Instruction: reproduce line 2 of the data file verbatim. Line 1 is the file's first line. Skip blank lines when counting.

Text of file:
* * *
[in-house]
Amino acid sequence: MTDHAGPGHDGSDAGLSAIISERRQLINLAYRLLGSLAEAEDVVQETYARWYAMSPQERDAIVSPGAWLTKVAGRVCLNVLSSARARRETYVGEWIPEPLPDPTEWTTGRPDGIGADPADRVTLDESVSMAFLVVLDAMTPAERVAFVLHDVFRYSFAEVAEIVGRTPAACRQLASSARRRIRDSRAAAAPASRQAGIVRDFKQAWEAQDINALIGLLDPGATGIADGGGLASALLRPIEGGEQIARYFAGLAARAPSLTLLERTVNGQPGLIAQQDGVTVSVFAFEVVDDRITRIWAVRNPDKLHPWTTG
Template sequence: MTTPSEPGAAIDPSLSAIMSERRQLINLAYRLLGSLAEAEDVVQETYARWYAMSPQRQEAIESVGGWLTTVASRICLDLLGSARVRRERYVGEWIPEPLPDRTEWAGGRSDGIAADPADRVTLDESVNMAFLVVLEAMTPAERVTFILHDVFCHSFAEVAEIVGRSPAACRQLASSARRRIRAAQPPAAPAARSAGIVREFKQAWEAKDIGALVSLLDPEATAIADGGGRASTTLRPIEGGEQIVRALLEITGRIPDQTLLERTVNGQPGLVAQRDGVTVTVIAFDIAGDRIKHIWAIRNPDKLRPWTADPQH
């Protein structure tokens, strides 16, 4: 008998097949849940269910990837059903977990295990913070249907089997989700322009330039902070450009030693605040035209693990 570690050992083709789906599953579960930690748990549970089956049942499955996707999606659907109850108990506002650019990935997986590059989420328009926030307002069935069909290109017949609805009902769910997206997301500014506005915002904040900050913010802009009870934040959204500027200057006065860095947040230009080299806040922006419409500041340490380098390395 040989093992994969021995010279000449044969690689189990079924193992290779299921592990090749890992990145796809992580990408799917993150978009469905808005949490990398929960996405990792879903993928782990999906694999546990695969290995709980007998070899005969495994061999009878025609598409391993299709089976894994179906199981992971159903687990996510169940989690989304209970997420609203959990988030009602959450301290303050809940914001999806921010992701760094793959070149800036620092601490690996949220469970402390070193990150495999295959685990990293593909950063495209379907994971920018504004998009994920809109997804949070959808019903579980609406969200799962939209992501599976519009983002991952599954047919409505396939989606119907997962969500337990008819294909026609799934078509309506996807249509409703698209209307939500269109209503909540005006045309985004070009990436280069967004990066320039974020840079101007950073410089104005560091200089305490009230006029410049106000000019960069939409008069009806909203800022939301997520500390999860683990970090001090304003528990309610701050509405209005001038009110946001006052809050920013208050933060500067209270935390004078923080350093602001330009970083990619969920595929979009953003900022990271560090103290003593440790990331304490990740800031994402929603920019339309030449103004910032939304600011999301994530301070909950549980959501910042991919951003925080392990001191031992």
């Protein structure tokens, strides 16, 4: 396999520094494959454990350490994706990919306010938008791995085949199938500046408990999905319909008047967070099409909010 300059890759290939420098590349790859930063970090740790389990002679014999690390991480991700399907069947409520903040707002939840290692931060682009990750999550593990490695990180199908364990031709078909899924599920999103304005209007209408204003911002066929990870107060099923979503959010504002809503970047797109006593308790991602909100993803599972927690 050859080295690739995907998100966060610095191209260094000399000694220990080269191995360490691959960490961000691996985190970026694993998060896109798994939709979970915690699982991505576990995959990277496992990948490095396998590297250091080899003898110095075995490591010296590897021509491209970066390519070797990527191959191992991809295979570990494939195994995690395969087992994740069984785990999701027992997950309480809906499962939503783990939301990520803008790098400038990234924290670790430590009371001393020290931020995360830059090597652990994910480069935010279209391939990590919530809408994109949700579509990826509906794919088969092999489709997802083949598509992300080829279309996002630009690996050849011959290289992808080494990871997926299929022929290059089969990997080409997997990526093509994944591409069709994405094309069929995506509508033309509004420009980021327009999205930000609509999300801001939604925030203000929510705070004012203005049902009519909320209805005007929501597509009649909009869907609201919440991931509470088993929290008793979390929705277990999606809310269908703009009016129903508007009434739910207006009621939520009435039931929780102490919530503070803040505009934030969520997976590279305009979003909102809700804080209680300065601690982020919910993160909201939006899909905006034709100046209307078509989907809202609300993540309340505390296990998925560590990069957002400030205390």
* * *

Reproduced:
Amino acid sequence: MTDHAGPGHDGSDAGLSAIISERRQLINLAYRLLGSLAEAEDVVQETYARWYAMSPQERDAIVSPGAWLTKVAGRVCLNVLSSARARRETYVGEWIPEPLPDPTEWTTGRPDGIGADPADRVTLDESVSMAFLVVLDAMTPAERVAFVLHDVFRYSFAEVAEIVGRTPAACRQLASSARRRIRDSRAAAAPASRQAGIVRDFKQAWEAQDINALIGLLDPGATGIADGGGLASALLRPIEGGEQIARYFAGLAARAPSLTLLERTVNGQPGLIAQQDGVTVSVFAFEVVDDRITRIWAVRNPDKLHPWTTG